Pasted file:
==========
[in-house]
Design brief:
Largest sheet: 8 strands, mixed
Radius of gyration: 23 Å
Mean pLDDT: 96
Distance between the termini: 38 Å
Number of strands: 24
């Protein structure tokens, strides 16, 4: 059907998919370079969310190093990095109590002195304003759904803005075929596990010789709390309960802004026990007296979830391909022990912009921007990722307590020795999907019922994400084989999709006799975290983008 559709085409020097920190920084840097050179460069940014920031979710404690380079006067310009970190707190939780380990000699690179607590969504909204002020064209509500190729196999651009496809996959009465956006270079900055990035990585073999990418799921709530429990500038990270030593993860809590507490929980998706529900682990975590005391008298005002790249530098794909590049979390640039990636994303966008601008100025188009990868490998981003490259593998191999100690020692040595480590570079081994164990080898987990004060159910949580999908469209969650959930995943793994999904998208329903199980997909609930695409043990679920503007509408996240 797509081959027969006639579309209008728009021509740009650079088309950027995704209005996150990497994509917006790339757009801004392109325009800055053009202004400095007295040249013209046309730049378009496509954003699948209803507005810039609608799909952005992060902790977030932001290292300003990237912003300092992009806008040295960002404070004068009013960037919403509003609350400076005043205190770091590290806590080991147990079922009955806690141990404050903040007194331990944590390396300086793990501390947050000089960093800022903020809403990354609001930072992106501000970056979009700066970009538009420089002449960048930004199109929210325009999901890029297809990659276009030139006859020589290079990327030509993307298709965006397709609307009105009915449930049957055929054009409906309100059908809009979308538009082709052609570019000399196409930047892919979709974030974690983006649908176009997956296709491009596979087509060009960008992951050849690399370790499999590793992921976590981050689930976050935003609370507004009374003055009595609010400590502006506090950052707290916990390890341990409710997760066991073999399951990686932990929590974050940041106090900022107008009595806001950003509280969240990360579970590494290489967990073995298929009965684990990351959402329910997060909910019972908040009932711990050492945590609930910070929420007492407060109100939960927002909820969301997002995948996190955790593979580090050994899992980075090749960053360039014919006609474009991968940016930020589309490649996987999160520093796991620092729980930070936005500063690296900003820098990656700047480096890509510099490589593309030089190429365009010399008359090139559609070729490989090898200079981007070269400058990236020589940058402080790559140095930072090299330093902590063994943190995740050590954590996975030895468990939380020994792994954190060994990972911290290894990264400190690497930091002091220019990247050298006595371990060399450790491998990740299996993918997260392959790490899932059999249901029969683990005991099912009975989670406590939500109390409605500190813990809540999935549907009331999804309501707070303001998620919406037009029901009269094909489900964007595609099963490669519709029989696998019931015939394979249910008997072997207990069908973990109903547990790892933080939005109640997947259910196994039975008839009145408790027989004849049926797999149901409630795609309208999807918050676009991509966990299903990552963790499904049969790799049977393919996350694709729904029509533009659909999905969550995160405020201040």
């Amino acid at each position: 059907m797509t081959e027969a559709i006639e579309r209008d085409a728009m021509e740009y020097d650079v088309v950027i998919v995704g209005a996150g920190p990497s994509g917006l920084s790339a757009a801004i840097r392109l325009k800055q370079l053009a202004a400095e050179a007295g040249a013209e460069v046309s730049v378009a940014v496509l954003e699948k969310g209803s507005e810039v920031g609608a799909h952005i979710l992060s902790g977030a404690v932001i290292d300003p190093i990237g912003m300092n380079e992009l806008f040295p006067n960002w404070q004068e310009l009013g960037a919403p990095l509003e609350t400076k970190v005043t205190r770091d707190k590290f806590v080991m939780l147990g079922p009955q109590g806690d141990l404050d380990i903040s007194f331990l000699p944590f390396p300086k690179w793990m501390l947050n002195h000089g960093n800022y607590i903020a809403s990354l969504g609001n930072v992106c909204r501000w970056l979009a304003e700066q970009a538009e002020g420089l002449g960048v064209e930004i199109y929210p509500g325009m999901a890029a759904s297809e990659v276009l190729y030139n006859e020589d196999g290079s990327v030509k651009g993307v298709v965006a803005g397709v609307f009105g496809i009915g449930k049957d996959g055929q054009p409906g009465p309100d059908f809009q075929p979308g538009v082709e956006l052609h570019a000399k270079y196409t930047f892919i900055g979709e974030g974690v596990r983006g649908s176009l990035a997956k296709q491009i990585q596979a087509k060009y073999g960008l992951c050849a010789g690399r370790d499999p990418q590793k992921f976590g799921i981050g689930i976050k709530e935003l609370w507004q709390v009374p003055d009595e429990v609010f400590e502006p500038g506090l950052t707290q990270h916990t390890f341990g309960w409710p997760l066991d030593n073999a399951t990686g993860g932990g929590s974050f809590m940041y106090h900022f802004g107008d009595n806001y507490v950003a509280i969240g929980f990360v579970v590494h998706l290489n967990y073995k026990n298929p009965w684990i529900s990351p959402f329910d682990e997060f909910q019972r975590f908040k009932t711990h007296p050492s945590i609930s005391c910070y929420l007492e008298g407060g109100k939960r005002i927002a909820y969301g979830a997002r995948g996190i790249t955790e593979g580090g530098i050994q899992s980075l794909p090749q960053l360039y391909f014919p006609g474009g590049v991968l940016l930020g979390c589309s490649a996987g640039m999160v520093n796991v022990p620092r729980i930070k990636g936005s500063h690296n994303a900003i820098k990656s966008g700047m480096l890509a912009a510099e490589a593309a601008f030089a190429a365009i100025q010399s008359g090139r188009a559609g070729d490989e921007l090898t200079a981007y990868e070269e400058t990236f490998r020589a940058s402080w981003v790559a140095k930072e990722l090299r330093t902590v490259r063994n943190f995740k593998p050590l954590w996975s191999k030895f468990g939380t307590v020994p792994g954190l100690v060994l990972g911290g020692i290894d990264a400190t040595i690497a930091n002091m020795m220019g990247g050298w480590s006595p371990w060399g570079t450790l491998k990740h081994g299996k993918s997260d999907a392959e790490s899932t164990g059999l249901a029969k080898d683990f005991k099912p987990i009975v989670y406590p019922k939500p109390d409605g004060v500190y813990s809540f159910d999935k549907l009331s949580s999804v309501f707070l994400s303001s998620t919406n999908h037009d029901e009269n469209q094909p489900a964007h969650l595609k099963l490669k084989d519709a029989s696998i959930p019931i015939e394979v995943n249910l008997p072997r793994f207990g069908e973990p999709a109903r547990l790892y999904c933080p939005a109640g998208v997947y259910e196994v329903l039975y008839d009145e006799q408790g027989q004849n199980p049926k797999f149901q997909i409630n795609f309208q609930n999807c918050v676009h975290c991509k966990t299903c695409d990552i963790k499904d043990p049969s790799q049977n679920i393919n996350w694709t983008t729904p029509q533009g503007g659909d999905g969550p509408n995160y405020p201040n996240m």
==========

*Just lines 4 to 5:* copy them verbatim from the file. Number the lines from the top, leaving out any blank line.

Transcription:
Radius of gyration: 23 Å
Mean pLDDT: 96